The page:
Chief Executive’s Blog
March 21, 2014 § Leave a comment
In an update from the animal section at Edinburgh Zoo, our Darwin’s rhea have now started laying eggs. Rhea are notoriously difficult to successfully breed, so this is excellent progress. We have also welcomed two three-banded armadillos to the collection, which arrived at the Zoo last Friday and are settling in well off show. And finally, the Zoo’s herd of kiang and vicuna have been moved to the fields at the very top of the site in order to allow the lower fields time to regenerate over summer – successful land management is an important yet often overlooked part of animal husbandry for hoofstock species.
Up at Highland Wildlife Park, Beebop the male Pallas’s cat is now back on show, while female Alula remains in an off-show area as part of breeding management. Keepers at the Park are hopeful the pair have successfully mated and if so, Alula should give birth within the next several weeks. However, Pallas’s cats are another species that is very difficult to successfully breed so it is mostly a case of wait and see.
On Thursday, the Park bid farewell to European elk Froja and Idun, who departed for Knowsley. The mother and daughter have moved to another collection as part of a genetic management plan for the species; our resident bull elk Bob was joined late last year by a new female Cas and the pair are getting along very well.
From the Vets team, I am delighted to say Adam Naylor, our new veterinary resident, is fitting in well on site at Edinburgh Zoo. Adam is originally from Bristol and qualified from the Royal Veterinary College London in 2007. After initially working at a private exotic referral practice, he moved to the USA in 2011 to take up a position at the Wildlife Center of Virginia, working with a wide range of native species including rodents, snakes, and lizards, to opossums, eagles, and bears. On his return to the UK, he carried out a Masters in Wild Animal Health at London Zoo and collaborated with numerous zoos around the UK as part of his research thesis looking reproductive disease of tapir. In 2013 he worked with the veterinary department at Bristol Zoo and has now joined the veterinary department at RZSS to undertake a three year residency in Zoo Animal Management. This is the first residency position to be approved by the European College of Zoological Medicine in the UK and only the third in the world. This is both a fantastic achievement for RZSS as well as an incredibly exciting opportunity for Adam.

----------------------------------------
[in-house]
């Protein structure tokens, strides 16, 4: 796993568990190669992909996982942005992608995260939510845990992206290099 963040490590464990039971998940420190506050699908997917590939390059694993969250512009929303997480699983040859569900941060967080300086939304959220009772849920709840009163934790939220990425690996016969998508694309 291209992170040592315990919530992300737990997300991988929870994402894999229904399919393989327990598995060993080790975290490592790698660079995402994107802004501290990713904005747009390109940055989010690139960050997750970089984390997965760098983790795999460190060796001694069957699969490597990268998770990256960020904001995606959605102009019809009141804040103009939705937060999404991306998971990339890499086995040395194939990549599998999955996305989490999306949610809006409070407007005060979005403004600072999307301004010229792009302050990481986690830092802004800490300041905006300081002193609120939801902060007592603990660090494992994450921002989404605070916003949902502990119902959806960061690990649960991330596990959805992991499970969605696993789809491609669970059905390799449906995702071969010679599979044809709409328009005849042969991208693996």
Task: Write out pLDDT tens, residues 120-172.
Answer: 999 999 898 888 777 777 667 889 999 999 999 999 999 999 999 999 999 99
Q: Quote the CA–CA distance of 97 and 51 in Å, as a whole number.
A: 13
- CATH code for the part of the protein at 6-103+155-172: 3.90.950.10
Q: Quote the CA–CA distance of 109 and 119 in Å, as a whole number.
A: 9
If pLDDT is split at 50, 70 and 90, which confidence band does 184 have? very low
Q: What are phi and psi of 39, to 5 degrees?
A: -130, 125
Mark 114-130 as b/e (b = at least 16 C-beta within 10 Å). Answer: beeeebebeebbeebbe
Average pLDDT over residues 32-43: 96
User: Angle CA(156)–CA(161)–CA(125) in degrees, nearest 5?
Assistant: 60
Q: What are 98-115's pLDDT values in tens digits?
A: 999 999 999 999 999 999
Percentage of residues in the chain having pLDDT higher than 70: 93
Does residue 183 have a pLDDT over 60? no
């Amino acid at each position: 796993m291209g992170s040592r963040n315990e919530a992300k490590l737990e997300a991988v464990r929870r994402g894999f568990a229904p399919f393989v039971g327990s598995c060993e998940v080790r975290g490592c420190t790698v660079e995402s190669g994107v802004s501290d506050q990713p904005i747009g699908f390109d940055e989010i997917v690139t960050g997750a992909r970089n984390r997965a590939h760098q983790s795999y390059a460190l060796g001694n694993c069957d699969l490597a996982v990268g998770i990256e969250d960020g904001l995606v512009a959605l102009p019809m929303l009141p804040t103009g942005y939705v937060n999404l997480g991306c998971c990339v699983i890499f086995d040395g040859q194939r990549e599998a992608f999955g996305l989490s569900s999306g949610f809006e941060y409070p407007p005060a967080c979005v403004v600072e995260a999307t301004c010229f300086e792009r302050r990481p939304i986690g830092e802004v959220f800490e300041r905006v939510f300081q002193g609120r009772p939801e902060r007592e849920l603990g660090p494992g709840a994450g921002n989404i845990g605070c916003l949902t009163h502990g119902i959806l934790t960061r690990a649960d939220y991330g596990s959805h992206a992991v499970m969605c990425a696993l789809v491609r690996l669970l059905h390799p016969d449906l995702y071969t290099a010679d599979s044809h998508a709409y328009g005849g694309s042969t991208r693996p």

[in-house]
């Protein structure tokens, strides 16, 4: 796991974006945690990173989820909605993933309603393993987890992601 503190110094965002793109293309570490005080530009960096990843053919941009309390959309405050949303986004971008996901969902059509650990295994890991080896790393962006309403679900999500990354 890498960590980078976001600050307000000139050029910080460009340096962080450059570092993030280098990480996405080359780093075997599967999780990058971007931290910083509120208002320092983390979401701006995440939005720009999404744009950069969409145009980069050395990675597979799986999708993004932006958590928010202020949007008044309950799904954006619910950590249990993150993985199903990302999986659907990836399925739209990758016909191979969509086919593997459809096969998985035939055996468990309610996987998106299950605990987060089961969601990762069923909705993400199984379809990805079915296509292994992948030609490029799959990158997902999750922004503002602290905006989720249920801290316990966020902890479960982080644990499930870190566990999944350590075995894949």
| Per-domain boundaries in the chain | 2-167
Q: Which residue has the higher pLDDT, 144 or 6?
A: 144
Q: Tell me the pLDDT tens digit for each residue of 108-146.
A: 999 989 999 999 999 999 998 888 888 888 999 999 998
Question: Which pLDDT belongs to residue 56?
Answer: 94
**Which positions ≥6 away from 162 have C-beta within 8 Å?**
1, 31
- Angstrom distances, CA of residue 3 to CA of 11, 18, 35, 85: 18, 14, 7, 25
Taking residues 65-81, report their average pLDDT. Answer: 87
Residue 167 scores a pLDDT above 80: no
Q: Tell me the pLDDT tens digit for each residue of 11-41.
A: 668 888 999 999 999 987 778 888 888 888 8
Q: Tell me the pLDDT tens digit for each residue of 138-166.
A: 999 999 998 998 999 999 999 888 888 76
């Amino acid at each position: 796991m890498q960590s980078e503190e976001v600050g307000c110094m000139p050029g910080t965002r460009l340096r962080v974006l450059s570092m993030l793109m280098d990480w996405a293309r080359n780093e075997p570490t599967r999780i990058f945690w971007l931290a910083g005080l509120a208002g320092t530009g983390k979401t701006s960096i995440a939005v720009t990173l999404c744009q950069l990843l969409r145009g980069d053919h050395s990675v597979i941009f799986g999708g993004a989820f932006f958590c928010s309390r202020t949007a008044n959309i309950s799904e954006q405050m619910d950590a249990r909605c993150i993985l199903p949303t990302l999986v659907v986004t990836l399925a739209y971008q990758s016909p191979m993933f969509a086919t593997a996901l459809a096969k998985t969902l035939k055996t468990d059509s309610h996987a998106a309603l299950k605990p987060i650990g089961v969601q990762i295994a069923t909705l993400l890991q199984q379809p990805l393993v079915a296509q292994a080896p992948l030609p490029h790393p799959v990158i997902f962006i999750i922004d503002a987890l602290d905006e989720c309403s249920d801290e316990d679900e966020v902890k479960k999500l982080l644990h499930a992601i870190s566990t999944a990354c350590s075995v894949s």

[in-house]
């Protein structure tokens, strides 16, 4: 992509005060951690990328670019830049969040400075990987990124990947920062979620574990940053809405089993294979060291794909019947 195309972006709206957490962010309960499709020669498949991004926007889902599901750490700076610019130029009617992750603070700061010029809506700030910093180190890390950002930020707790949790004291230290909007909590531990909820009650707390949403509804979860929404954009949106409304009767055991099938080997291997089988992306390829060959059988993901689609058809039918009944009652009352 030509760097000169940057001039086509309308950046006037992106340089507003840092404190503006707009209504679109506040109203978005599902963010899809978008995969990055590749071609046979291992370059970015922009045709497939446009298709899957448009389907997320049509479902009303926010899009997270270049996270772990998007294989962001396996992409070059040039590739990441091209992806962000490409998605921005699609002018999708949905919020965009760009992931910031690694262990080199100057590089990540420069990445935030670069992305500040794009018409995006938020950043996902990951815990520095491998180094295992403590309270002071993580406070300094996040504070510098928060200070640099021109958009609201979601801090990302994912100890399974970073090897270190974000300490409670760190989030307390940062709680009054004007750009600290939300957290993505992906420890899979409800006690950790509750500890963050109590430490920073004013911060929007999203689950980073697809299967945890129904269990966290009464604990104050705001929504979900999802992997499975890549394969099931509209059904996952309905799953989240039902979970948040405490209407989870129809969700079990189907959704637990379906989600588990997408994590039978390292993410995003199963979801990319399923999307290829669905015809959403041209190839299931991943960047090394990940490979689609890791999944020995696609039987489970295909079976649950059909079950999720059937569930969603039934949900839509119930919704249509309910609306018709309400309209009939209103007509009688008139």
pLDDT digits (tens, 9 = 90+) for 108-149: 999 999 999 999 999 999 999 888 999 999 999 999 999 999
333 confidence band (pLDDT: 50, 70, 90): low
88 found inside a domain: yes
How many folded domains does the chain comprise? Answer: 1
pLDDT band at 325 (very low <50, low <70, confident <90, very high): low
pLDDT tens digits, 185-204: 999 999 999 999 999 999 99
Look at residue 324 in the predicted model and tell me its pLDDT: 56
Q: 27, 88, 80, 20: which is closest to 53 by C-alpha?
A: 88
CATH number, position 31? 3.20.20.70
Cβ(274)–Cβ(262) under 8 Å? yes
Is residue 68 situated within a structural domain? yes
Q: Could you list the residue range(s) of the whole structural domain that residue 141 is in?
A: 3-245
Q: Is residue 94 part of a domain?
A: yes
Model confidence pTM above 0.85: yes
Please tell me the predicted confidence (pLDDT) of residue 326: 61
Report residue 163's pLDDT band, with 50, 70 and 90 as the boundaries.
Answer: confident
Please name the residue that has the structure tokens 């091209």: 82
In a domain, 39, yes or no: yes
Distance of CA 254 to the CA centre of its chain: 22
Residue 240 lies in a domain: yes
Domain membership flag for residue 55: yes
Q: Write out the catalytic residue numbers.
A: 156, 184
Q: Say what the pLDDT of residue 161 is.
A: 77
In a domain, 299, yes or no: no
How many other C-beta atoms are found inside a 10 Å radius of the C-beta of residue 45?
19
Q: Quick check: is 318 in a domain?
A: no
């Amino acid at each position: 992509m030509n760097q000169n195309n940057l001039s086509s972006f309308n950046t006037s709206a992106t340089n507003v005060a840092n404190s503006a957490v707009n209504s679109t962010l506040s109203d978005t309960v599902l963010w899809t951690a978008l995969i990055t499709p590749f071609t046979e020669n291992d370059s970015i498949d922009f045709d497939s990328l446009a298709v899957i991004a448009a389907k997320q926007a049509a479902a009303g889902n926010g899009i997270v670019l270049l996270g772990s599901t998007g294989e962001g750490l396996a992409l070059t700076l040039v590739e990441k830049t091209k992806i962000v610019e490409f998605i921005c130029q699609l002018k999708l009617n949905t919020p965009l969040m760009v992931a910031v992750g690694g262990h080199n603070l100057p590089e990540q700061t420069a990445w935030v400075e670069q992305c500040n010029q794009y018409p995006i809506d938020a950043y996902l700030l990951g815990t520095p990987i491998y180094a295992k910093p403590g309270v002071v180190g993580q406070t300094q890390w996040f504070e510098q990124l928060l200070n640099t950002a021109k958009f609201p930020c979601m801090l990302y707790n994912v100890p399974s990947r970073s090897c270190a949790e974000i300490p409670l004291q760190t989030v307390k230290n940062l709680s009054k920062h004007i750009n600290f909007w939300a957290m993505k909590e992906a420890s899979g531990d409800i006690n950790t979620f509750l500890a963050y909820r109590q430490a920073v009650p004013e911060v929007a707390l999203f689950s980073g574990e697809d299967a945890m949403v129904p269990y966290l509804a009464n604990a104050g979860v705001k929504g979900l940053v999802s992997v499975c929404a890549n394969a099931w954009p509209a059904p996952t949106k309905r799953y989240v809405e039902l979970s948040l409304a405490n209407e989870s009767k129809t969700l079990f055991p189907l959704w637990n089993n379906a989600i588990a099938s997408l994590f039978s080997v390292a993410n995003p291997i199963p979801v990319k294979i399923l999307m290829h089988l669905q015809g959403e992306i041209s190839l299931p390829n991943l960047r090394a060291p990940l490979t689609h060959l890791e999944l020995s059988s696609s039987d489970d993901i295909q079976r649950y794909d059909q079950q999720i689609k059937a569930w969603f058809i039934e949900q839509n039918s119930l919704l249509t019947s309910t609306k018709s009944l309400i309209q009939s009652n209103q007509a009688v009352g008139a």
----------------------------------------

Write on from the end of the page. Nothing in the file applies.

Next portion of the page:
In news from the field, as part of the Giant Armadillo Project in the Brazilian Pantanal RZSS is funding, planning and helping to execute a strategic plan for the Brazilian Society of Zoos and Aquariums (SZB). Thirty representatives from zoos and aquariums from across Brazil will be meeting 24 – 26 March at São Paulo Zoo to produce a detailed five-year action plan for SZB. The action plan seeks to strengthen the institution and promote the participation of all Brazilian zoos and aquariums. The two main goals of the workshop are to identify and prioritise actions that will assist SZB in becoming internally organized, enabling the institution to work efficiently towards the improvement of the standards and the quality of Brazilian zoos and aquariums; and to integrate Brazilian zoos into the international zoo community for the development of cooperative breeding conservation programmes.
Currently Brazil has 116 zoological institutions, including 106 zoos and 10 aquariums, which together hold approximately 50,000 animals. SZB was created 35 years ago and its new mission is to aggregate zoos and aquariums in Brazil and to further develop, improve and strengthen them so that they can reach their full potential. To fulfil this mission, SZB wishes to provide technical support and facilitate cooperation, training and exchange of knowledge between Brazilian institutions and other zoological institutions around the world. The ultimate goal is to improve management, education and conservation efforts, enabling the institutions to achieve an efficient management, high ethical standards and the best animal welfare practices.
RZSS is proud to support this initiative and hopes to strengthen the SZB and welcome Brazilian Zoos in the global captive breeding community.
The rate of rainforest depletion in the Amazon is 6,400km2 per year. However, forest loss in Indonesia, an area significantly smaller than the Amazon, is almost the same rate at 5,900km2. The Earth is fast losing its ecological diversity and large areas of unique habitats, the result of which will be catastrophic for all.
(Statistics from David McCandless, Information is Beautiful 2012)